The rising cost of living and the mounting debt in UK households is having a devastating impact on the mental health of UK adults, and is linked to suicidal thoughts, according to a survey published today.
The survey – conducted by YouGov and commissioned by the Money and Mental Health Policy Institute, a charity supporting people suffering mental health problems because of their financial situation – found that 17% of respondents said that they have experienced suicidal ideation over the past nine months due to the rising cost of living.
If the sample size of 2,049 adults questioned between 11 and 14 November was representative of the entire population, this would translate to just under nine million people experiencing symptoms of this severity due to the cost of living.
The report also found 54% had experienced negative feelings due to the cost of living, 45% reported feeling anxious, 23% have been depressed, and 15% said that they have felt ‘unable to cope’.
Commenting on the research, Martin Lewis, founder and chair of the Money and Mental Health Policy Institute charity, and founder of MoneySavingExpert, said: ‘The link between serious financial problems and suicidal thoughts is long established. So it’s no surprise that the cost of living crisis, with bills hugely increasing, on the back of the pandemic is causing some people growing distress.
‘Yet the scale of this distress is particularly worrying, and it leaves a serious concern about the impact on the number of people who may consider taking their own lives.’
A key issue revealed by the report is the impact that debt, and pressure from debt collection agencies can have on people’s mental health.
Of those surveyed who had experienced a mental health problem in the last two years, 23% had fallen behind on any payments compared to only 8% who had not experienced a mental health issue.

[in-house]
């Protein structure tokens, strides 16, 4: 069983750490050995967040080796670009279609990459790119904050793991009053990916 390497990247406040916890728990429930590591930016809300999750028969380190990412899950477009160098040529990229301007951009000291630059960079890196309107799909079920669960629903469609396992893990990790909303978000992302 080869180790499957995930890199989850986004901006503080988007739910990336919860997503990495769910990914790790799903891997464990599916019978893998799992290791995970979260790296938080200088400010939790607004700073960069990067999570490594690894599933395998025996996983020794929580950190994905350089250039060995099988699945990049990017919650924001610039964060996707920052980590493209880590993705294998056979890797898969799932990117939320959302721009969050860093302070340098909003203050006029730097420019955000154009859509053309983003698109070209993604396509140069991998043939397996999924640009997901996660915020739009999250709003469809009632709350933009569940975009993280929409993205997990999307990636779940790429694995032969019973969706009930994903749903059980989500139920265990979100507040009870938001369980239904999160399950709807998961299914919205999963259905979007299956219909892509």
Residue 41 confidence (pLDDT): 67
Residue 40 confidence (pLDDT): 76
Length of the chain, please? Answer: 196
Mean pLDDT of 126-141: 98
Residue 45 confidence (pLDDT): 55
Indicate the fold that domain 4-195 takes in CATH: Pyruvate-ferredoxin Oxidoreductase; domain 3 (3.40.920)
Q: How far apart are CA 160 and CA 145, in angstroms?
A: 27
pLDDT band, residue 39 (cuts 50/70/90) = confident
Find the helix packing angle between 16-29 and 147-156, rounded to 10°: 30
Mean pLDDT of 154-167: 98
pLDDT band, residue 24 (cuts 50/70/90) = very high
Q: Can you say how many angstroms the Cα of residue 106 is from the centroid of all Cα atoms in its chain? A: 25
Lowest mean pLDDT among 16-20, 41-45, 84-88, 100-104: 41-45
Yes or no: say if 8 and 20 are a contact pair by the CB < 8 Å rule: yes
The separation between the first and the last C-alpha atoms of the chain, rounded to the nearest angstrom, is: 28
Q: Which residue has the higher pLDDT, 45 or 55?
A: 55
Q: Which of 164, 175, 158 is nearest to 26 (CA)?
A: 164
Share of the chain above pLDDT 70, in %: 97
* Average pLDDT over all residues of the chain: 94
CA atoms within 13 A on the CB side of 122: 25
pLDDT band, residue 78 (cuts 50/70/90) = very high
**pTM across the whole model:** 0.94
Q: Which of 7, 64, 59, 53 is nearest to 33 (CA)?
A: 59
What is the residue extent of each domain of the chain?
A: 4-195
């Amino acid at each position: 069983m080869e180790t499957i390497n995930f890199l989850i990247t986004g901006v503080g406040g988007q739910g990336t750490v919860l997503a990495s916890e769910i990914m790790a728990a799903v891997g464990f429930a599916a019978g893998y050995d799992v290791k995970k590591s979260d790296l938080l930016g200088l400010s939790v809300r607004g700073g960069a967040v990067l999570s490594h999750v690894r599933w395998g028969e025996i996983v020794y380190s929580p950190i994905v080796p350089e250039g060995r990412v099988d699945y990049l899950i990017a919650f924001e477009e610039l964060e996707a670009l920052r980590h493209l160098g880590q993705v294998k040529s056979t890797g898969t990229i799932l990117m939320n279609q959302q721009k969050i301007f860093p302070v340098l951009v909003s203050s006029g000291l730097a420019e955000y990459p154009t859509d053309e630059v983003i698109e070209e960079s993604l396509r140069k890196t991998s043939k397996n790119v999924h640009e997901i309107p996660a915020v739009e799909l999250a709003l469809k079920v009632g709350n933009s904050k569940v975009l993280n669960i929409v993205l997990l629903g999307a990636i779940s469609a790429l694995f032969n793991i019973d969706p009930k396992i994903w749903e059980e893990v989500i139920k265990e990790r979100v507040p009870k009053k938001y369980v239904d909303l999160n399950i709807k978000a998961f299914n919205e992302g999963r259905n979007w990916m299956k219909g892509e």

Harassment by debt collectors played a big role in worsening mental health impacts, with 11% saying they now ‘dread’ opening mail from banks, energy companies, and other creditors.
One respondent to the report described how he had received seven contacts in seven hours from a single debt collection agency, meaning he chose to stop answering his phone and messages, resulting in him becoming ‘more reclusive’.
The report’s authors have called on the Government to adopt rules to stop debt collectors from harassing debtors, adopting US-style rules to offer more protection. They also urge the Government to update the national suicide strategy urgently.
Helen Undy, chief executive of the Money and Mental Health Policy Institute, said: ‘The cost of living crisis is already ruining lives, and it’s no exaggeration to say that without urgent action it will take lives too. Suicide rates increased in the last recession, and it’s time the government acted with urgency to learn the lessons from that.
‘Every life lost to suicide is tragic and preventable. There is rarely a single cause for someone becoming suicidal, but it’s clear that the barrage of letters and calls bombarding people with debt problems is causing huge distress.